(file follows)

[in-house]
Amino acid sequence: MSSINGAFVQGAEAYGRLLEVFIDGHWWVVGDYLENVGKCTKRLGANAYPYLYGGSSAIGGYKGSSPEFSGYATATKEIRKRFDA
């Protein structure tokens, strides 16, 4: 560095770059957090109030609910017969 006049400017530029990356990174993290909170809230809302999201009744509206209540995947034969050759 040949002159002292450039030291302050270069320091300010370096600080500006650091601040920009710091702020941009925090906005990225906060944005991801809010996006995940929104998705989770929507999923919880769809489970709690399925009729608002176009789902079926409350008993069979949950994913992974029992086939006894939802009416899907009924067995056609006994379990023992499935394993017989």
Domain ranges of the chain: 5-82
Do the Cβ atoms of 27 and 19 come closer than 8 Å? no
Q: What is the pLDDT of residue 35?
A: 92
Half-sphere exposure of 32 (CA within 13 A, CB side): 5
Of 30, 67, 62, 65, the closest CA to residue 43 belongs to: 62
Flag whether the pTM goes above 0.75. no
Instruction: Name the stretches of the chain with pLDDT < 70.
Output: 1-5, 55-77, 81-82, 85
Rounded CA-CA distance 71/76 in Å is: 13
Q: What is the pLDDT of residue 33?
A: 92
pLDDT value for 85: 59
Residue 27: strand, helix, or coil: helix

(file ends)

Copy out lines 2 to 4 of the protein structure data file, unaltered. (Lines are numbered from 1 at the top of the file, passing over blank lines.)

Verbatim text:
Amino acid sequence: MSSINGAFVQGAEAYGRLLEVFIDGHWWVVGDYLENVGKCTKRLGANAYPYLYGGSSAIGGYKGSSPEFSGYATATKEIRKRFDA
């Protein structure tokens, strides 16, 4: 560095770059957090109030609910017969 006049400017530029990356990174993290909170809230809302999201009744509206209540995947034969050759 040949002159002292450039030291302050270069320091300010370096600080500006650091601040920009710091702020941009925090906005990225906060944005991801809010996006995940929104998705989770929507999923919880769809489970709690399925009729608002176009789902079926409350008993069979949950994913992974029992086939006894939802009416899907009924067995056609006994379990023992499935394993017989």
Domain ranges of the chain: 5-82